Little Waves Near Denver
I first took it out to Beaver wave at low-ish flows, where I didn’t expect it to do well. The wave is pretty green and glassy, and I figured something under 5′ wouldn’t do well, even with all of the volume. I was wrong. The high volume, particularly in the tail, allowed me to get a lot of pop off the wave, and the short length made it easy to turn while the thruster setup gave it some stability. It was a blast, and though it was a little tougher to pop up on than the Poquito Taquito, it still wasn’t too tough.
Surfing River Run Park
It really shined when I took it out to River Run Park, where the season has just started. The main wave, Benihana’s, is steep and green and fast, and the steep trough makes it tough to keep anything longer than 5′ from pearling. Most short boards people have been using are wakesurf boards or maybe small volume fishes. The high volume of the Loco did great, allowing me to skate in off the eddylines but really keep a lot of pressure on my back foot to keep the nose up. And with the rearward thruster setup, I was able to carve even if all of my weight was on the very tail of the board. Like this.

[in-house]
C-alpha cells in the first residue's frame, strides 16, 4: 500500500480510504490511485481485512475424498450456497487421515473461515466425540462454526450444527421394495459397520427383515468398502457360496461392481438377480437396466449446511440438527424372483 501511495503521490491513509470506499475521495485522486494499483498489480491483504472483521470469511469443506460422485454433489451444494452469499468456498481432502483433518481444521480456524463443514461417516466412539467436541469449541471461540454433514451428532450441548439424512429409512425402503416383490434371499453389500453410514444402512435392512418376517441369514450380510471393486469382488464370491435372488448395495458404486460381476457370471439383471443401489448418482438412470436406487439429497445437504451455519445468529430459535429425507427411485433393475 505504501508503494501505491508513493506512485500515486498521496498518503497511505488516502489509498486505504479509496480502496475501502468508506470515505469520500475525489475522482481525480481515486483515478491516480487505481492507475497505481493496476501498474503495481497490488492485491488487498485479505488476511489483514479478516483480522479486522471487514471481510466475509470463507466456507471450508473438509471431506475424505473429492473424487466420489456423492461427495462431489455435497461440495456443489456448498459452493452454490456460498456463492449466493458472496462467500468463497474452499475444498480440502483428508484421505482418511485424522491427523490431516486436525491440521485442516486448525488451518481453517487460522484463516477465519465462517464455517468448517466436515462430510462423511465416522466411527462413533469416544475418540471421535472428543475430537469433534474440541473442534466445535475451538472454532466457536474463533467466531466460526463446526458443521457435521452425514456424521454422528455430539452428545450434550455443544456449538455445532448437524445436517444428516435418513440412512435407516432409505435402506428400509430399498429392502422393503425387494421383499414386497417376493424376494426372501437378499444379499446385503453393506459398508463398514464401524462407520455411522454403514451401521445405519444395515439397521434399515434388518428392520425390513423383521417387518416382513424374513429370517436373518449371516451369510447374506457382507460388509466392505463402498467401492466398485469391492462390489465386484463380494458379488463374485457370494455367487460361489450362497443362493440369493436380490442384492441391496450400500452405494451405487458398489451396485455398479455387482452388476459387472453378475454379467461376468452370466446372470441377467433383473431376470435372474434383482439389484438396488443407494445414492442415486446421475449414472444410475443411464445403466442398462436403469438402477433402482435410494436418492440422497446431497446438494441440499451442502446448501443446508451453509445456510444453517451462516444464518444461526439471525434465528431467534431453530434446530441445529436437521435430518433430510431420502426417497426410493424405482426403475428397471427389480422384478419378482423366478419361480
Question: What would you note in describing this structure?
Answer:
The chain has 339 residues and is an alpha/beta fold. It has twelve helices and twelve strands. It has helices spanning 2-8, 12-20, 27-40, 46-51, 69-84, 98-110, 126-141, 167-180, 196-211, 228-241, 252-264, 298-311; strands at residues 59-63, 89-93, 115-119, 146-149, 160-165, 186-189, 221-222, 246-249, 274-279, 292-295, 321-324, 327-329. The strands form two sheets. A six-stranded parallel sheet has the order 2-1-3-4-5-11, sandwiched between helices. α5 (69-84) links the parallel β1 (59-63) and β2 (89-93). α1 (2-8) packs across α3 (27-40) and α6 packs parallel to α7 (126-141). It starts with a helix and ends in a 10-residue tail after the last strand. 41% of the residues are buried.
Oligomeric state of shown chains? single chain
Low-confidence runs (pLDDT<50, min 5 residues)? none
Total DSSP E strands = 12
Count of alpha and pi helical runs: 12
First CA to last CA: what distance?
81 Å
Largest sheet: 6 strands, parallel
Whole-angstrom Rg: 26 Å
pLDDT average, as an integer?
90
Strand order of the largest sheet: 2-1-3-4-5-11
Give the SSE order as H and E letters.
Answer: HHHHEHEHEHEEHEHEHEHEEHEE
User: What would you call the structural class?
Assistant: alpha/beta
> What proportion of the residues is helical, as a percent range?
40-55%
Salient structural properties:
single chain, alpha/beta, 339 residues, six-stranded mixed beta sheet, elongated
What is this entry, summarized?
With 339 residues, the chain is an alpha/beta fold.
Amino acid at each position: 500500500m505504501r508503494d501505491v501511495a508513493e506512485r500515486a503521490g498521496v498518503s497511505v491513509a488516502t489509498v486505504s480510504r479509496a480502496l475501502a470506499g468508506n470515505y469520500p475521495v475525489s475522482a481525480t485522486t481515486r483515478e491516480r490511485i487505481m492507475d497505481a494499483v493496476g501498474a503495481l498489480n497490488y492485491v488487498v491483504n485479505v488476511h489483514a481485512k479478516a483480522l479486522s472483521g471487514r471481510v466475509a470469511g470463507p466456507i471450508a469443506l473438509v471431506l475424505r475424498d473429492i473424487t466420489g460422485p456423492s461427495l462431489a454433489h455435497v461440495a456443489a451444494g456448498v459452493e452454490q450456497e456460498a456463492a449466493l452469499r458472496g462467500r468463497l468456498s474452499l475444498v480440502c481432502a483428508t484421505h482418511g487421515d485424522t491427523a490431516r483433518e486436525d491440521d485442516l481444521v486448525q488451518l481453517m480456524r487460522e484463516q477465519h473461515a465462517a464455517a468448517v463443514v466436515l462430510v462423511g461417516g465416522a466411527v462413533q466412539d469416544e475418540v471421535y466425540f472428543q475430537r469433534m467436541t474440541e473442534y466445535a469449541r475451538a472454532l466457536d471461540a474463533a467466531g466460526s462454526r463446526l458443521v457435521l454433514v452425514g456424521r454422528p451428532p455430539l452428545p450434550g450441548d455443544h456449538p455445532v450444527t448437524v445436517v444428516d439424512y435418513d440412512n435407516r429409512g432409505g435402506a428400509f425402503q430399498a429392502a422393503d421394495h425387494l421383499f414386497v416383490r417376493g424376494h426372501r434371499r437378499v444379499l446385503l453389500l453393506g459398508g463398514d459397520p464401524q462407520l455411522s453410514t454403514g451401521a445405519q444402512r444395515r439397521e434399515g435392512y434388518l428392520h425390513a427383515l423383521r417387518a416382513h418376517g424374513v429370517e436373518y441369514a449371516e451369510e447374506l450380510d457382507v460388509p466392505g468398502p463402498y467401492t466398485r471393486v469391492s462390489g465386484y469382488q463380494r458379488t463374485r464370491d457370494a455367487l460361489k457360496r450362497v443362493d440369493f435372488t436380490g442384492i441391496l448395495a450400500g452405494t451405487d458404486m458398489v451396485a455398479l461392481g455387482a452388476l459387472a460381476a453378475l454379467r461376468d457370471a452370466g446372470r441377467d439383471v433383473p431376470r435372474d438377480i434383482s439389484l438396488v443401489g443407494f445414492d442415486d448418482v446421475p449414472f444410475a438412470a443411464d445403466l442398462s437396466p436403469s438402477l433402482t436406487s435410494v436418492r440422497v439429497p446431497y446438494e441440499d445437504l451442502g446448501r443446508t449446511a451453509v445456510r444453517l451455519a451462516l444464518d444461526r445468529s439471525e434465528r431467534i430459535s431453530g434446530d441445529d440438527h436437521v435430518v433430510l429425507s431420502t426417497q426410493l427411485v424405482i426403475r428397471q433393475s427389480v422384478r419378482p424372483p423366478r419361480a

I was able to get the longest rides I’ve ever had, and I’ll be back soon, with Loco Poco in tow. It’s been a surprisingly versatile board, and while something with a little less volume may be the ticket once I have some of these waves dialed, I think the Loco is going to stay in my quiver for a long time.
Update: Wavestorm has also released an 8′ kids paddleboard, which should work just as well for modifications. Find it here.